Disney's Whitewashing of Pocahontas

In 1995, Disney produced a romanticized version of relationships between early Native

Americans and Europeans in the film, Pocahontas. It is controversial whether this movie was

intended to enlighten children about the beginning of America in a story-like manner, or a way to

conceal a dark past and brainwash future generations with this illusion of a happy beginning to

the United States of America. In order to make the Pocahontas and John Smith love myth

suitable for children, it is understandable that Disney needed to alter the story. However,

Disney's version of the Pocahontas myth is not only altered for the sake of violence, racial

content, and ethnic content, it is also altered to be more appealing to Americans and to agree with

their beliefs and culture. The film's purpose is controversial because there is a strong support for

the European settlers and a lack of Native American culture shown. In addition, the little Native

American culture that is shown, is not shown accurately. As a result, children across the nation

are learning a distorted early American history through Pocahontas and sugar-coated songs

taught in grammar school that share the same message.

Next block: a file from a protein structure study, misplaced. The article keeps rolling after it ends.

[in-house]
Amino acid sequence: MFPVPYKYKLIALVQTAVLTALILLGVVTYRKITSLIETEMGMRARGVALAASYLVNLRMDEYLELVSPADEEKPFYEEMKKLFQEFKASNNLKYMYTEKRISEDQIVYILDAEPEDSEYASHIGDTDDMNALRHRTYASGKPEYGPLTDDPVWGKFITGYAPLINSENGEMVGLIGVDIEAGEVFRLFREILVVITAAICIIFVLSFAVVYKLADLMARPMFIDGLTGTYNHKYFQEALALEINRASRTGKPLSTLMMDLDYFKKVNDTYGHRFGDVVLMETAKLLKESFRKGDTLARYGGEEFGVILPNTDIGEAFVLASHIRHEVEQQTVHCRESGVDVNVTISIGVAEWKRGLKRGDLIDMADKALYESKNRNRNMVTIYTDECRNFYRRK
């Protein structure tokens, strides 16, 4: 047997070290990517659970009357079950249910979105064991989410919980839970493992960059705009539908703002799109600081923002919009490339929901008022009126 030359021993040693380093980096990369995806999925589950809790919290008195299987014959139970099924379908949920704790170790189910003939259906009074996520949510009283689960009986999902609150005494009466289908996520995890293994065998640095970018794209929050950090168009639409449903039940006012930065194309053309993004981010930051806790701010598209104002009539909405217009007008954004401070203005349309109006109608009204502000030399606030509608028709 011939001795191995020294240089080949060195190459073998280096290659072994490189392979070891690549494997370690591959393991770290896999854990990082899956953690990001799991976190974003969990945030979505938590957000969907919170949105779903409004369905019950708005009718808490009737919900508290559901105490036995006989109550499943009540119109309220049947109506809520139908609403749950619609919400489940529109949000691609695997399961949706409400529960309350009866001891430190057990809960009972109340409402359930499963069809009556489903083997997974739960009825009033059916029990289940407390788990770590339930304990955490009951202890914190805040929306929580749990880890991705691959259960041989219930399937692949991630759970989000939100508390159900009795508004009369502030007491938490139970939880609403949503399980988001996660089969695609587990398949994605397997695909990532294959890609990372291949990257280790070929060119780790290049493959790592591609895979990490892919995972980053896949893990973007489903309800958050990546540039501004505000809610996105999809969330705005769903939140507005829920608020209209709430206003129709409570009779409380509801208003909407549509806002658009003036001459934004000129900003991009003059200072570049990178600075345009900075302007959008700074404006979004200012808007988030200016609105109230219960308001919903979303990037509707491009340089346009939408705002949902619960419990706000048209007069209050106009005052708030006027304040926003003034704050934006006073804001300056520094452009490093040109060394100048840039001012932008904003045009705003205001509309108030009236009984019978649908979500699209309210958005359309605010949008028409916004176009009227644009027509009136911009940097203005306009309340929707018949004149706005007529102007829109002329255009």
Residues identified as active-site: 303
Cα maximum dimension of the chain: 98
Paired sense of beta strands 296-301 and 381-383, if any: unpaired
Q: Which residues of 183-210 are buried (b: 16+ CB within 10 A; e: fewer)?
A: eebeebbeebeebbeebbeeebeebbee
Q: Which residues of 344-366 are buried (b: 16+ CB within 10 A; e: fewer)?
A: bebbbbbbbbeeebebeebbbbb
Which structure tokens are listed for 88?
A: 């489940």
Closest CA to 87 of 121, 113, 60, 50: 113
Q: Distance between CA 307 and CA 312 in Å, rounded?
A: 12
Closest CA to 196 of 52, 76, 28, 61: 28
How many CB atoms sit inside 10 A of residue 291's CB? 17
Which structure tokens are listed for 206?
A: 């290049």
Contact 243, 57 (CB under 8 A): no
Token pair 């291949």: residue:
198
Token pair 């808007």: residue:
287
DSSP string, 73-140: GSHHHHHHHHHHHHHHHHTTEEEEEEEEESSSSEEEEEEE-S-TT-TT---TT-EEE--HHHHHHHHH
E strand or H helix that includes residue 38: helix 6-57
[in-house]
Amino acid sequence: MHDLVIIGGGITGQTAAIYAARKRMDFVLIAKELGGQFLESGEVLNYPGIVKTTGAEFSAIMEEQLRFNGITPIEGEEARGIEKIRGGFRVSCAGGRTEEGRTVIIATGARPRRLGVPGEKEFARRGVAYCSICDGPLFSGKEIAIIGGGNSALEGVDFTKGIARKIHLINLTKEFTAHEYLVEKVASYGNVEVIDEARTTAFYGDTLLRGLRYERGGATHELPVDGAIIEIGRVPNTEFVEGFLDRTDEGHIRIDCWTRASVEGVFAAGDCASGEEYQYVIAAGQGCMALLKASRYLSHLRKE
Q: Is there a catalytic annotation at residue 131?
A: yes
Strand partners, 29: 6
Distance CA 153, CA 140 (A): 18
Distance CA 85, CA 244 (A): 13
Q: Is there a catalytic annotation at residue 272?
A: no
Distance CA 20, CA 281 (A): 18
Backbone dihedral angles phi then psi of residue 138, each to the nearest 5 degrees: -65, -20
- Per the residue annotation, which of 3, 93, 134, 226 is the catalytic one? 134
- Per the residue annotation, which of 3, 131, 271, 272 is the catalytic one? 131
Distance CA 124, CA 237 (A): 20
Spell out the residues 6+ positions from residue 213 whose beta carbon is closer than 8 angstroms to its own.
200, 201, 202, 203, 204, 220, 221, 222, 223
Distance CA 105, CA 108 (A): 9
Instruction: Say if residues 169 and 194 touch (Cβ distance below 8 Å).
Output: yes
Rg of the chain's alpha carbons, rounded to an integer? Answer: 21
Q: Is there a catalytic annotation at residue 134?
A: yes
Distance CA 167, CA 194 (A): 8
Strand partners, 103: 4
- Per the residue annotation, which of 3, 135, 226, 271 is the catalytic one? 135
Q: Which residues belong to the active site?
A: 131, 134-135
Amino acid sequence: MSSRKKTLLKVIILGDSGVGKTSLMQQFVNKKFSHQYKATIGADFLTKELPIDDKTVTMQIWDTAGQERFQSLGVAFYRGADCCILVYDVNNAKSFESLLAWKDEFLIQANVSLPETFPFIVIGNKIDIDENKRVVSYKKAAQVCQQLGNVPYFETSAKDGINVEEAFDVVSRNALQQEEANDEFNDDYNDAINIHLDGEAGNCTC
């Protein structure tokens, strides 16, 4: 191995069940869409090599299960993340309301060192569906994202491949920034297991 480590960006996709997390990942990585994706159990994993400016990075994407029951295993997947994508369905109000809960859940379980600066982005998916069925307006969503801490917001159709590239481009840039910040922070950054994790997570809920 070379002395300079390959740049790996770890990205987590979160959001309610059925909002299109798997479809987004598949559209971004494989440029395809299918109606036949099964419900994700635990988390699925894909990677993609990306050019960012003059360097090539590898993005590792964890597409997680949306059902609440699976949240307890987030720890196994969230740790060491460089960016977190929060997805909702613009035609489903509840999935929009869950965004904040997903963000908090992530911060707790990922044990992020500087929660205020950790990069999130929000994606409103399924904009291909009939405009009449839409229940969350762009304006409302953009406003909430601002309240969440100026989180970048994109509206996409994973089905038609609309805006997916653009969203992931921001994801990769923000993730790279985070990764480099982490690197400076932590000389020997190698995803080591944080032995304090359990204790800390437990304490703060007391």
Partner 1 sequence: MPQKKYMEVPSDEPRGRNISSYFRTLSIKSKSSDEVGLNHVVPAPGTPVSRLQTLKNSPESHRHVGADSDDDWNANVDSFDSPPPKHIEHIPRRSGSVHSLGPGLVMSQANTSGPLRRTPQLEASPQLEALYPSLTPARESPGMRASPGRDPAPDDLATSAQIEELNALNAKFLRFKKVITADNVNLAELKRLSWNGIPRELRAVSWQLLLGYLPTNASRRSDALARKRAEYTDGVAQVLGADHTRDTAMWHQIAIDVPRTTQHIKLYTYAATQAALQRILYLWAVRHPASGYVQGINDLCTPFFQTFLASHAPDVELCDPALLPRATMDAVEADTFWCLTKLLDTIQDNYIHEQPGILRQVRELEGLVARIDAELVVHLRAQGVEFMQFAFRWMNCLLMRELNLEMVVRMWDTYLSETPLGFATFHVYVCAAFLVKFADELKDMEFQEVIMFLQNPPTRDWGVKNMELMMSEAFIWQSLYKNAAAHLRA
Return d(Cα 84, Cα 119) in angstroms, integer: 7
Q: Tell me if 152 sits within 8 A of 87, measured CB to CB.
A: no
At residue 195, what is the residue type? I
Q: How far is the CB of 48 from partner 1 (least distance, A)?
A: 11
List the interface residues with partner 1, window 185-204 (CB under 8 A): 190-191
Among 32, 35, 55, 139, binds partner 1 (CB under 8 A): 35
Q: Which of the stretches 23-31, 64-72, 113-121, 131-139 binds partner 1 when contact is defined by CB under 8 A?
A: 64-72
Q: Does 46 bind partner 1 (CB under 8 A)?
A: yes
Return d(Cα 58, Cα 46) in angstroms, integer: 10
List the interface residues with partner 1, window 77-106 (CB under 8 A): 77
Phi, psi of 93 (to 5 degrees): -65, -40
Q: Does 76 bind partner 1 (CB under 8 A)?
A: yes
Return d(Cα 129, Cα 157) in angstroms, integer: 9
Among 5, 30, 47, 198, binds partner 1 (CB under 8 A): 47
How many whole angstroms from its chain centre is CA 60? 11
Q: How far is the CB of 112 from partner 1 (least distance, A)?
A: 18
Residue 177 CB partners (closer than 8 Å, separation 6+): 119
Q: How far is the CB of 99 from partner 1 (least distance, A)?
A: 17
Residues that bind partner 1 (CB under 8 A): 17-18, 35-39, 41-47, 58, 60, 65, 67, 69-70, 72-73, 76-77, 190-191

The most significant factor that a historical movie for children should have as opposed to

an entertaining movie, is historical accuracy. This way, the film will be educational and will not

give the audience false information to soak in. If the purpose of Pocahontas is in fact to educate,

the film can be misconstrued as a brainwashing mechanism to hide the violence between two

cultures because it gives a false interpretation of the Europeans and Native Americans's

relationship. The reason for leaving the physical violence out of the...

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... whether European and Native

American, went through in order to gain a civil interaction with one another. By preparing

American youth with the United States history that does not have gaps, they will be better

prepared to comprehend when these topics are discussed more thoroughly in their higher levels

of education.

Works Cited

Borthaiser, Nóra (2008). A Whole New World [Electronic Version]. Americana: E-journal of

American Studies in Hungary, 4, 5-5.

Dundes, Lauren (2001). Disney's Modern Heroine Pocahontas: Revealing Age-Old Gender

Stereotypes and Role Discontinuity Under a Facade of Liberation [Electronic Version].

Giamo, Michael. Pocahontas. Disney, 1995. Film.

Smith, John. From The Generall Historie of Virginia, New-England, and the Summer Isles. The

Bedford Anthology of American Literature. Bedford: Boston, 2008: P. 110-119.
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